Friends of the Verde River secured a Forever Our Rivers grant to help the Verde Watershed Restoration Coalition monitor 40 acres of past restoration projects.

Verde river monitoring crews learn valuable plant identification, scientific monitoring, and communication skills.

The Verde Watershed Restoration Coalition is restoring habitat along the Verde River while building an innovative restoration economy and helping recent war vets find fulfilling employment. Since 2012, the Coalition has removed invasive species on 9,000 acres along their namesake River. To make sure beneficial habitat takes over once the weeds are gone, the Coalition always looks in on past projects. 

Friends of the Verde River, a member of the Coalition, hires a crew each year to monitor past project sites. Half the team is staffed by recent-era veterans through Vets4Hire, a central Arizona nonprofit that helps vets build a professional community and marketable skill sets. 

The Coalition trains all crew members to identify native and nonnative plants and to use scientific survey methods. The job also requires crew members to work with public and private landowners in the watershed, creating valuable local connections. The Coalition works with Vets4Hire to build out the work crews that remove invasive plants during initial treatments as well.

The work is good for veterans, and veterans are great for the Coalition. Many become powerful supporters of conservation. “Hiring local, recent-era veterans to complete the surveys involves them in habitat restoration,” says Tracy Stephens, Habitat Restoration Manager for Friends of the Verde River. “They become advocates for a healthy Verde River watershed.” 

This veteran crew cuts and treats invasives species in the initial restoration phase. Monitoring crews start checking in a year later. 

Monitoring Their Efforts

The most problematic nonnative and invasive plants on the Verde are tamarisk, Russian olive, giant reed, and tree of heaven. These species crowd out native species and alter habitat structure along the Verde. Removing them gives local plants a chance to compete, grow, and ultimately thrive. 

After restoration crews remove the unwanted plants and, in some cases, treat them with herbicide, monitoring crews keep tabs on whether or not they are growing back. They also take stock of overall restoration progress, checking on how well native plants are responding to the reduced competition. If the monitoring crew sees a project area that’s struggling to succeed, the Coalition plans a follow-up treatment. The check-ins don’t stop until the landowner’s goals are met. 

These photos are of the same location before treatment (top) and after the Coalition removed invasive species (bottom). Monitoring crews revisit all project sites until they are well on the road to recovery.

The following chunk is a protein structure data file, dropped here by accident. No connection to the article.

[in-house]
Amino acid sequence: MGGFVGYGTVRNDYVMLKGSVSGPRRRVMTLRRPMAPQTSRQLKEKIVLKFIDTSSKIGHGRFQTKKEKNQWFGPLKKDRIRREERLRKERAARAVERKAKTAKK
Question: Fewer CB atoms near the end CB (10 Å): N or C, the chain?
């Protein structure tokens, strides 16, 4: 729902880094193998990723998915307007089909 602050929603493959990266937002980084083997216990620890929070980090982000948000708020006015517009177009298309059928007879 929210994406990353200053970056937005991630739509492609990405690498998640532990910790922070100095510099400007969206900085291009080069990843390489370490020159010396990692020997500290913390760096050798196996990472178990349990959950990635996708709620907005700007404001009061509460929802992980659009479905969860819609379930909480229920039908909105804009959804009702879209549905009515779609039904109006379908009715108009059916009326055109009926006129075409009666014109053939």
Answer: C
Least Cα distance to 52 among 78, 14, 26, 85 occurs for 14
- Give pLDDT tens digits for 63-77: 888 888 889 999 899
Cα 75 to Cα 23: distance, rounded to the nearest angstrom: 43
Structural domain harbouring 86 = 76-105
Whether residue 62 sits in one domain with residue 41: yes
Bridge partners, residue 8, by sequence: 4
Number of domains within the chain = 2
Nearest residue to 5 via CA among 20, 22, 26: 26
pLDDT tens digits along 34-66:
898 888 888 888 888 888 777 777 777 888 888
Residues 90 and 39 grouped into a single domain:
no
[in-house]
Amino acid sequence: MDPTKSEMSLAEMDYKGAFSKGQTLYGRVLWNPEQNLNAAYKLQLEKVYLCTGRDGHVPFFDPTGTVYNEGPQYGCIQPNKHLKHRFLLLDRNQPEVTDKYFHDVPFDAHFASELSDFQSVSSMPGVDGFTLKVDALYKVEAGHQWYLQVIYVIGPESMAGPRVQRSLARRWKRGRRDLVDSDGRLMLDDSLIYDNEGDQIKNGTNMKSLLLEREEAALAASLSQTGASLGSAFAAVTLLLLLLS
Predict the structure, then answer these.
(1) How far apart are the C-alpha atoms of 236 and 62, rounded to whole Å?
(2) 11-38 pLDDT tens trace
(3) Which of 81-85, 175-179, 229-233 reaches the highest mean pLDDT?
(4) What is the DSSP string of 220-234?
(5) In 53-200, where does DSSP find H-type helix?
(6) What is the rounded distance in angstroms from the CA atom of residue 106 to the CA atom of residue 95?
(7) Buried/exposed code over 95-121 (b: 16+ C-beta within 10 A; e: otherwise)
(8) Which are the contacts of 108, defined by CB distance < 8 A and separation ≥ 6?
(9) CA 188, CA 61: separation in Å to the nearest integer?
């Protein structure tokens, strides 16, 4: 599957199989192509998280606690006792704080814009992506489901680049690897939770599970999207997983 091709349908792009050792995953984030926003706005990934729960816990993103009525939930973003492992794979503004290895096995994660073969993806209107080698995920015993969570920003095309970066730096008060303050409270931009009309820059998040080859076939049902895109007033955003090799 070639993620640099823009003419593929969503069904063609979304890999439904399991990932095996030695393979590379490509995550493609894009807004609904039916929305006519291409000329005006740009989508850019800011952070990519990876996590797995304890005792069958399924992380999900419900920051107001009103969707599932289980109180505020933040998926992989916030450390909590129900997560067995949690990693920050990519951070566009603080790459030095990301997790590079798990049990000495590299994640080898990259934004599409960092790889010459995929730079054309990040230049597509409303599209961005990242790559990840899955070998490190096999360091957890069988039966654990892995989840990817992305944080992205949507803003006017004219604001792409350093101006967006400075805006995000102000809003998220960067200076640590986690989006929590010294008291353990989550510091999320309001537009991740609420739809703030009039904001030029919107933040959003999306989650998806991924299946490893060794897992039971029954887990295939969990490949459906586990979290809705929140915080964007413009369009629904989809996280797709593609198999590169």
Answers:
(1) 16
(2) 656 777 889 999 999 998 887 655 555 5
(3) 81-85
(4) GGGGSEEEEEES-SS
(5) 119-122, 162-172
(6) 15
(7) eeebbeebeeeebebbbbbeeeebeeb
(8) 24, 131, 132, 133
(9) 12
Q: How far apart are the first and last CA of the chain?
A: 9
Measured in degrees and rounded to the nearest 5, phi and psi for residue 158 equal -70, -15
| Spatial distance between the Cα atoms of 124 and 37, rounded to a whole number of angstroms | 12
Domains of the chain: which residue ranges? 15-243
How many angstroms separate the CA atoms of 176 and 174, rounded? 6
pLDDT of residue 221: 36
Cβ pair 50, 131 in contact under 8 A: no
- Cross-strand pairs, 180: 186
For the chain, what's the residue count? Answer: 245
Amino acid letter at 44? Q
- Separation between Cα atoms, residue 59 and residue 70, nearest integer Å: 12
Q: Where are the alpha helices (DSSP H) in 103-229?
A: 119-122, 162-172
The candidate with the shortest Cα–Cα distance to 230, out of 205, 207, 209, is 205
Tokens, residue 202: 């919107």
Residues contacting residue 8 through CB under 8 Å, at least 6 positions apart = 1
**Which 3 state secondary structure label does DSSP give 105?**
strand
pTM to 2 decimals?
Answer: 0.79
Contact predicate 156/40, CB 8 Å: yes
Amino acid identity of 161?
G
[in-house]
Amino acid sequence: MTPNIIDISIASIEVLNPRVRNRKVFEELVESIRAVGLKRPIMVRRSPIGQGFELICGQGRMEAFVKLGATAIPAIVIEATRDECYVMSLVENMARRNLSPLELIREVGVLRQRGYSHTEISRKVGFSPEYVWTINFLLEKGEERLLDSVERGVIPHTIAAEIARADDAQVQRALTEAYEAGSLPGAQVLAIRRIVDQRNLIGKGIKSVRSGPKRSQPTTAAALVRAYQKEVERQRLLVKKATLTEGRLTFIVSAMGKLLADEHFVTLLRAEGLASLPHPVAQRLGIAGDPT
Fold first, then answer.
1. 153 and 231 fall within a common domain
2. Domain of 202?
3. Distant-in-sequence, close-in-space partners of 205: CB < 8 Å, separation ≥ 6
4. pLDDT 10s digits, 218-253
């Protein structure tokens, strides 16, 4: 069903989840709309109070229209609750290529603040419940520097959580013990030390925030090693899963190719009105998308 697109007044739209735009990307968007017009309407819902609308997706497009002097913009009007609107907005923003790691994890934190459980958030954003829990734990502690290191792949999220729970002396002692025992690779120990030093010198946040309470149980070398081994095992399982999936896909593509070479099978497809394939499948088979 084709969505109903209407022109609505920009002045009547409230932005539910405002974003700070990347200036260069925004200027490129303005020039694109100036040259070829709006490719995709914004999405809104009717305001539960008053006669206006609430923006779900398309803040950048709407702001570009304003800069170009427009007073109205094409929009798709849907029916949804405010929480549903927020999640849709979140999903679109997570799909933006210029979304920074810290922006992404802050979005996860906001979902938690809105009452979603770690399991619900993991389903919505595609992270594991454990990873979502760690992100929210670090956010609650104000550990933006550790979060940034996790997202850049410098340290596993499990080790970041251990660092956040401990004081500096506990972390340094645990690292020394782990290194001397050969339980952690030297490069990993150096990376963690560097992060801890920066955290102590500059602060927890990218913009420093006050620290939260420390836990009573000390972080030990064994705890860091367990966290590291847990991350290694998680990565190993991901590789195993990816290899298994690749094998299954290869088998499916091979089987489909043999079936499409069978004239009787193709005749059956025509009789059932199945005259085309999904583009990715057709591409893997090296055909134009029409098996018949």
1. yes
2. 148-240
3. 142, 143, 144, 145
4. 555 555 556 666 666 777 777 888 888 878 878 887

In the summer of 2019, the Coalition’s monitoring team surveyed more than 1,500 acres in eight weeks. “Monitoring areas where we’ve removed invasive plants ensures the continued health of the area and protects our investments,” says Stephens. The work also helps the Coalition refine their understanding of what it takes for an invasive species removal project to succeed. 

Finding Funding

In Forever Our Rivers’ first-ever funding cycle, the Foundation awarded Friends of the Verde River a grant to monitor 40 acres of private land. Finding funds to do follow-up monitoring and maintenance work on private lands is extremely challenging. The group of restoration professionals who created Forever Our Rivers Foundation is well aware of this. They created Forever Our Rivers to close such funding gaps and to grow the amount of funds available for river restoration in general.

The free-flowing Verde River is an important ecological, cultural and agricultural resource in Central Arizona. Nonnative plants, such as tamarisk and giant reed, threaten its health. 

The Verde and Its Friends 

The Verde is free-flowing and one of the few perennial waterways in Arizona. Its watershed contains all 57.3 of Arizona’s Wild and Scenic river miles — a 40-mile stretch of the Lower Verde and 17.3 miles of Fossil Creek. With around 90,373 river miles in the state, less of a tenth of a percent of Arizona’s rivers are designated as Wild and Scenic. The Verde and many of the springs that feed it are also culturally integral to the Yavapai, Hopi, Apache, and Zuni tribes, among others. 

Friends of the Verde River work within the watershed to maintain flows, restore native vegetation and wildlife habitat, and to connect locals to the stunning landscape and resources the river supports. Restoring habitat along the Verde River is a big job, which is why the Verde Watershed Restoration Coalition exists. Led by Friends of the Verde River, the Coalition is made up of the Yavapai-Apache Nation, local towns, state and federal agencies, river restoration nonprofits, and private landowners.